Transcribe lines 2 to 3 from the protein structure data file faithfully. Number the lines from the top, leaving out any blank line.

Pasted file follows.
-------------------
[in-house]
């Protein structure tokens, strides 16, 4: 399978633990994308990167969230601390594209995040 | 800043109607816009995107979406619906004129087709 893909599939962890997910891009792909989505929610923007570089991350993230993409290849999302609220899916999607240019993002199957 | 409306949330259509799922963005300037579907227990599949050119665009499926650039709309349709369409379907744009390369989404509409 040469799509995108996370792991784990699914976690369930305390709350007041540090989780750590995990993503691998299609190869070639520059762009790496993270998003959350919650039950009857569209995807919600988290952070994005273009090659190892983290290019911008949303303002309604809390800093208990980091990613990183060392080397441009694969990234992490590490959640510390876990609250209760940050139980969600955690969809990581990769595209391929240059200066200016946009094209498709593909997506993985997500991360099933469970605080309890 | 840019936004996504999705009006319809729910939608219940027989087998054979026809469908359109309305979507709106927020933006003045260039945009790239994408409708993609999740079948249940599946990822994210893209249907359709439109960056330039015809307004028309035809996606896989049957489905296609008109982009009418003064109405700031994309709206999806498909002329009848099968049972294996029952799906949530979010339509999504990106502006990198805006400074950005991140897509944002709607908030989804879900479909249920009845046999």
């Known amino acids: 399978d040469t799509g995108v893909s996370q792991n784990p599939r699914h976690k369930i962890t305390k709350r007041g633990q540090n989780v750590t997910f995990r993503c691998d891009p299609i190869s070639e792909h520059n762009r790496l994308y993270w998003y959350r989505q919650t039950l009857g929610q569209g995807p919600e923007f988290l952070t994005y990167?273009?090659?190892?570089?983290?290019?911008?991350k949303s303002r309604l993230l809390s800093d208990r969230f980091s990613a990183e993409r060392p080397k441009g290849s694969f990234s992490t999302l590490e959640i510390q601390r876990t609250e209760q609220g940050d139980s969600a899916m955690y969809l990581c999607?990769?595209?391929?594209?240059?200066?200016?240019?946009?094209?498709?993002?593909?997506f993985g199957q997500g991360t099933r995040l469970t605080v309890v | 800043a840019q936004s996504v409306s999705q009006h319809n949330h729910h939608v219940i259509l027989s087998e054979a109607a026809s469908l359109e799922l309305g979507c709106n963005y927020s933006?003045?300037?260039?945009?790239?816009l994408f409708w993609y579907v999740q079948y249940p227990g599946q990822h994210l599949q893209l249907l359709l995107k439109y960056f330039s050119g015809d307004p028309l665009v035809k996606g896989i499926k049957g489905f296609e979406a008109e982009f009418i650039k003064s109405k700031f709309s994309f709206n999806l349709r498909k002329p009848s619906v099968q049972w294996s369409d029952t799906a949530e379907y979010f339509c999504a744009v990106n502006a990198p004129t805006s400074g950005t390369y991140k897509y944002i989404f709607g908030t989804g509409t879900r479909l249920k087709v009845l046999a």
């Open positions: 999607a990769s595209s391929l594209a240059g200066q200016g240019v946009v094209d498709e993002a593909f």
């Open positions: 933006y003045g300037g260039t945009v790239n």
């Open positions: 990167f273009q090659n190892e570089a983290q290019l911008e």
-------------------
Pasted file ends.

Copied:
């Protein structure tokens, strides 16, 4: 399978633990994308990167969230601390594209995040 | 800043109607816009995107979406619906004129087709 893909599939962890997910891009792909989505929610923007570089991350993230993409290849999302609220899916999607240019993002199957 | 409306949330259509799922963005300037579907227990599949050119665009499926650039709309349709369409379907744009390369989404509409 040469799509995108996370792991784990699914976690369930305390709350007041540090989780750590995990993503691998299609190869070639520059762009790496993270998003959350919650039950009857569209995807919600988290952070994005273009090659190892983290290019911008949303303002309604809390800093208990980091990613990183060392080397441009694969990234992490590490959640510390876990609250209760940050139980969600955690969809990581990769595209391929240059200066200016946009094209498709593909997506993985997500991360099933469970605080309890 | 840019936004996504999705009006319809729910939608219940027989087998054979026809469908359109309305979507709106927020933006003045260039945009790239994408409708993609999740079948249940599946990822994210893209249907359709439109960056330039015809307004028309035809996606896989049957489905296609008109982009009418003064109405700031994309709206999806498909002329009848099968049972294996029952799906949530979010339509999504990106502006990198805006400074950005991140897509944002709607908030989804879900479909249920009845046999």
């Known amino acids: 399978d040469t799509g995108v893909s996370q792991n784990p599939r699914h976690k369930i962890t305390k709350r007041g633990q540090n989780v750590t997910f995990r993503c691998d891009p299609i190869s070639e792909h520059n762009r790496l994308y993270w998003y959350r989505q919650t039950l009857g929610q569209g995807p919600e923007f988290l952070t994005y990167?273009?090659?190892?570089?983290?290019?911008?991350k949303s303002r309604l993230l809390s800093d208990r969230f980091s990613a990183e993409r060392p080397k441009g290849s694969f990234s992490t999302l590490e959640i510390q601390r876990t609250e209760q609220g940050d139980s969600a899916m955690y969809l990581c999607?990769?595209?391929?594209?240059?200066?200016?240019?946009?094209?498709?993002?593909?997506f993985g199957q997500g991360t099933r995040l469970t605080v309890v | 800043a840019q936004s996504v409306s999705q009006h319809n949330h729910h939608v219940i259509l027989s087998e054979a109607a026809s469908l359109e799922l309305g979507c709106n963005y927020s933006?003045?300037?260039?945009?790239?816009l994408f409708w993609y579907v999740q079948y249940p227990g599946q990822h994210l599949q893209l249907l359709l995107k439109y960056f330039s050119g015809d307004p028309l665009v035809k996606g896989i499926k049957g489905f296609e979406a008109e982009f009418i650039k003064s109405k700031f709309s994309f709206n999806l349709r498909k002329p009848s619906v099968q049972w294996s369409d029952t799906a949530e379907y979010f339509c999504a744009v990106n502006a990198p004129t805006s400074g950005t390369y991140k897509y944002i989404f709607g908030t989804g509409t879900r479909l249920k087709v009845l046999a």